- Wittman Estes design team
- Matt Wittman AIA LEED AP, Jody Estes, Naomi Javanifard
- Wittman Estes
- Structural Engineer
- Fossatti Pawlak
- Interior Furnishings and Lighting
- Inform Interiors Builder: Baker Construction
Located between the iconic Space Needle and the rapidly transforming South Lake Union neighborhood in Seattle, the Civic Hotel is a newly renovated boutique hotel at the corner of Harrison Street and Aurora Ave N. The site is at the nexus of the newly reconnected street grid where the hotel marks the north entry of the recently re-opened SR99 tunnel. Originally named the Imperial ‘400’ Motel and built in 1962 for the Century 21 World’s Fair, the building has been reimagined with modern interiors and outdoor spaces in the spirit of jet travel, optimism, and a distinctly Seattle blend of technology and nature. Building on themes of lightness, speed, ﬂight, and connections with nature, the design is fresh and bright, stylish and relaxed.
Standing three stories high, the transformed 27,433-square-foot building comprises 52 guest rooms. On the ground level is a lobby and event space, while on the second level are 26 guest rooms and a gym, and on the third level are additional 26 guest rooms. A rooftop Sky Lounge is planned for a future phase. The original hotel had been poorly renovated over the years, masking the original bones of the architecture and turning inward to avoid the noise of SR99/Aurora Ave. The existing lobby was dark and disconnected from both the surrounding cityscape and the guest rooms above. With the new tunnel placing the highway underground, the hotel owners sought to take advantage of the lower noise level and create an indoor-outdoor experience on the lobby level where the city's energy and pedestrian activity could be embraced by guests and travelers alike.
The renovated lobby features a new glass staircase with floating Douglas fir treads which bring guests to the upper level guest rooms. A new 1,000-square-foot ground level meeting room and event space can be partitioned into smaller rooms with sliding panels, or open up for one large event. A coffee shop is slated to open on the northeast corner of the lobby, with doors opening out onto a wood deck featuring built-in seating. On the hotel’s exterior, Wittman Estes worked with Noble Neon to create a new iconic neon sign that is visible from southbound SR99 and the surrounding neighborhood. At the hotel’s now pedestrian-friendly corner, a new 1,200-square-foot hardwood ipe deck and event space open the hotel up to the sidewalk, affording views north to the Lower Queen Anne neighborhood, Gates Foundation headquarters, and the Space Needle beyond. The entire lower level north façade of the building now features La Cantina folding doors which fully connect the event space to the outdoor deck.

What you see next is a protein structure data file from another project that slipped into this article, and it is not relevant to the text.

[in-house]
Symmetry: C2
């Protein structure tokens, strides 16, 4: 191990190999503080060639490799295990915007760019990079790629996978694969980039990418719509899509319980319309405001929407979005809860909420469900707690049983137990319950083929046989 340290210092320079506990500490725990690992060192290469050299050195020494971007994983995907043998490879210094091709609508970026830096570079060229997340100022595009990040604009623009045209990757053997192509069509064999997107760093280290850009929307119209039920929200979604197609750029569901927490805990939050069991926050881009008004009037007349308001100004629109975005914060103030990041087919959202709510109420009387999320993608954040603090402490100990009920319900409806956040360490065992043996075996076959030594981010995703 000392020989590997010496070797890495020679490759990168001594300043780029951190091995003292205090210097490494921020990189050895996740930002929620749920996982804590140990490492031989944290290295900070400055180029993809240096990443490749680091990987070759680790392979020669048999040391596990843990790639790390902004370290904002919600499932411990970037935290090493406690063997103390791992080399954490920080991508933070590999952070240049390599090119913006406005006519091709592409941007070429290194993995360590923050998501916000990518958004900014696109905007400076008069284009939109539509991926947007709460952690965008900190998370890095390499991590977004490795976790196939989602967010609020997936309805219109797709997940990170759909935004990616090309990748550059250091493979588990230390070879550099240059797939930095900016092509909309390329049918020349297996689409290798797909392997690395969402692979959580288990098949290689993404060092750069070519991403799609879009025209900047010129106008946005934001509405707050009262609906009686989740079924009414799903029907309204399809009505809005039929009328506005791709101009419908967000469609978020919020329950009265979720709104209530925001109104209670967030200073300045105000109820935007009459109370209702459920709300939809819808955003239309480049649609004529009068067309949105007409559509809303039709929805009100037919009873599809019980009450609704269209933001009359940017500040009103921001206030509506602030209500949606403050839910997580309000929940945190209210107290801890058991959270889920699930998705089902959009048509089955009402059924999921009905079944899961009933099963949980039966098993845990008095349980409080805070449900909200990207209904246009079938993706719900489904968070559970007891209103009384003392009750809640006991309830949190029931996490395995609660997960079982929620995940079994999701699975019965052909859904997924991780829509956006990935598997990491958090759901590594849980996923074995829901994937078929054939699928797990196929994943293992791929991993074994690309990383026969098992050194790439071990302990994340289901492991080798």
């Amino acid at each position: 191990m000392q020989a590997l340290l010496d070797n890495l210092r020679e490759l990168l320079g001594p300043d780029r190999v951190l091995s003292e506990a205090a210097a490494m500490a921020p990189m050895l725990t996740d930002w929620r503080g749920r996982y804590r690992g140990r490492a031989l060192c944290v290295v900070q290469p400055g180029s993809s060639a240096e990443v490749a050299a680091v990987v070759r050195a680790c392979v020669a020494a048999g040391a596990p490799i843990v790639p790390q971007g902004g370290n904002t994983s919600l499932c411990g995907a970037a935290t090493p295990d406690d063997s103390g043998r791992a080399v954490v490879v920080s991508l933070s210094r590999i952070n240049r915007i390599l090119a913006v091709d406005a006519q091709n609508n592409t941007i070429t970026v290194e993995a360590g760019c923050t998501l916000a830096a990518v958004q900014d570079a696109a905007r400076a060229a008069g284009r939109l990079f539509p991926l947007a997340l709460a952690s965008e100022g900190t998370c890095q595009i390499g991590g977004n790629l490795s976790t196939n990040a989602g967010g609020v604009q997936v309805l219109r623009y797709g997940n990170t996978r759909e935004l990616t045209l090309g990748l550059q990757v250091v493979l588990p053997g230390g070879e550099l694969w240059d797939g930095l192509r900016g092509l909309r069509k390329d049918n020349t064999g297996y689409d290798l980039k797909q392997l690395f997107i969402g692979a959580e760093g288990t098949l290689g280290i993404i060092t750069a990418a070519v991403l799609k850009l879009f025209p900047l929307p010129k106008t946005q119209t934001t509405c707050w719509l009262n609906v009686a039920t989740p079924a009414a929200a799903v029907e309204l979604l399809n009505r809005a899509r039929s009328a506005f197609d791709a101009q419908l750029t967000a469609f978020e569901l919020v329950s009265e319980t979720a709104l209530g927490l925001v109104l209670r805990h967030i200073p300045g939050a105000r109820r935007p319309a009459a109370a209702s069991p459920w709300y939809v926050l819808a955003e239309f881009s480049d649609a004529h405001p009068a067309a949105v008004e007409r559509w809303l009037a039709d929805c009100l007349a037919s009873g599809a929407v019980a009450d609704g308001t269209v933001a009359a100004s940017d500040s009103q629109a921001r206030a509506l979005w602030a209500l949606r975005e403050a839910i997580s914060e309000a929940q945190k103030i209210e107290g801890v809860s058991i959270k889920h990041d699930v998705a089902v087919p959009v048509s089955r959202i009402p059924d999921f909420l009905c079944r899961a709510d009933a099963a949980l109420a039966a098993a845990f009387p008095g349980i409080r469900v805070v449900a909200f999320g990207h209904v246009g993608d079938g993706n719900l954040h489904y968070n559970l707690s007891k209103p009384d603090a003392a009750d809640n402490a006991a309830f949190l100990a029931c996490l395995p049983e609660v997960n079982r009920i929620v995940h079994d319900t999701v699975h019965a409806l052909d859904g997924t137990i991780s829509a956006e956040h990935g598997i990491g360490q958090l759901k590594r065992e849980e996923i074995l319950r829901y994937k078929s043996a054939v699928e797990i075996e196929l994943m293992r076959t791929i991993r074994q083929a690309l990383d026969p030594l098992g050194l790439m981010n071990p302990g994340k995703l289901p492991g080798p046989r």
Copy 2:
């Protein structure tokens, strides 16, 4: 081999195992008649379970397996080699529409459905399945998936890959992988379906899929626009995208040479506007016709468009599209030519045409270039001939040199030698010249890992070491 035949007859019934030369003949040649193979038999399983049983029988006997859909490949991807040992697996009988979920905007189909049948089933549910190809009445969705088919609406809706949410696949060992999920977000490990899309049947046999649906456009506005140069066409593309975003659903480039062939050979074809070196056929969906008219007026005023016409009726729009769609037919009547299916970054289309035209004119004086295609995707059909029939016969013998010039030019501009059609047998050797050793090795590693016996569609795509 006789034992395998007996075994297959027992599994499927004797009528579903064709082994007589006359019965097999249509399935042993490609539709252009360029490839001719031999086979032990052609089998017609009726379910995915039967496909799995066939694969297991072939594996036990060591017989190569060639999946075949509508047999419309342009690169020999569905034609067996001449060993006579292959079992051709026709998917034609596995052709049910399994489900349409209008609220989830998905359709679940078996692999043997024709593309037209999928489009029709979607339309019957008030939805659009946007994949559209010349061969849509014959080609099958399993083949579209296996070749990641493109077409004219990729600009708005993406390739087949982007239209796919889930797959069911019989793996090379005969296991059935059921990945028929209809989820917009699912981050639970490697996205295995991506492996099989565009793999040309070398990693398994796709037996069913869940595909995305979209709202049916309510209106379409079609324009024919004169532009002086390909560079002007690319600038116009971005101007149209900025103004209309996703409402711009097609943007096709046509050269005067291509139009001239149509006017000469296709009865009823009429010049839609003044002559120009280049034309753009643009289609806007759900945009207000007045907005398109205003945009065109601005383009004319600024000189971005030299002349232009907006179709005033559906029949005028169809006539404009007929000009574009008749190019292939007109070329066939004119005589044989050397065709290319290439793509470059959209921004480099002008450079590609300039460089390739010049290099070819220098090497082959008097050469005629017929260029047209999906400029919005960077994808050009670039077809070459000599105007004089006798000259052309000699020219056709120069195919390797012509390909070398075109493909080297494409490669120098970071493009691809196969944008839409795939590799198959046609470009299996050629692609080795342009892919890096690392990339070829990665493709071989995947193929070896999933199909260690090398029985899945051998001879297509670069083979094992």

On the upper two levels, the guest rooms are accessed via brightly painted yellow doors, balancing the necessity of a memorable interior with the need for a cool, sensory retreat. “The key to hotel rooms is to balance art and commerce,” says architect Matt Wittman. “We wanted to select materials that will last for a long time yet still bring a sense of luxury with them.” Wittman Estes also custom designed plywood furniture to echo the hotel’s mid-century history and bring a sense of warmth to each guest room. The custom furniture pieces include the bed headboard, nightstands, desk, credenza, and storage cabinet.
Working with the hotel owners to create a boutique hotel that is fresh and contemporary, as well as draws from the original spirit of the midcentury modern architecture of the hotel, Wittman Estes transformed the Civic Hotel to bring in sunlight, views, and a new awareness of the vibrant surrounding neighborhood. Landscape architect Jody Estes notes, “Matt and I have had a long interest in mid-century architecture. My doctoral thesis was focused on the architecture of the Seattle World’s Fair. It’s like it was meant to be!” As a design practice, both Wittman and Estes are deeply interested in the history of mid-century modern housing and landscapes, and how that era embodied optimism and an embrace of future and technology.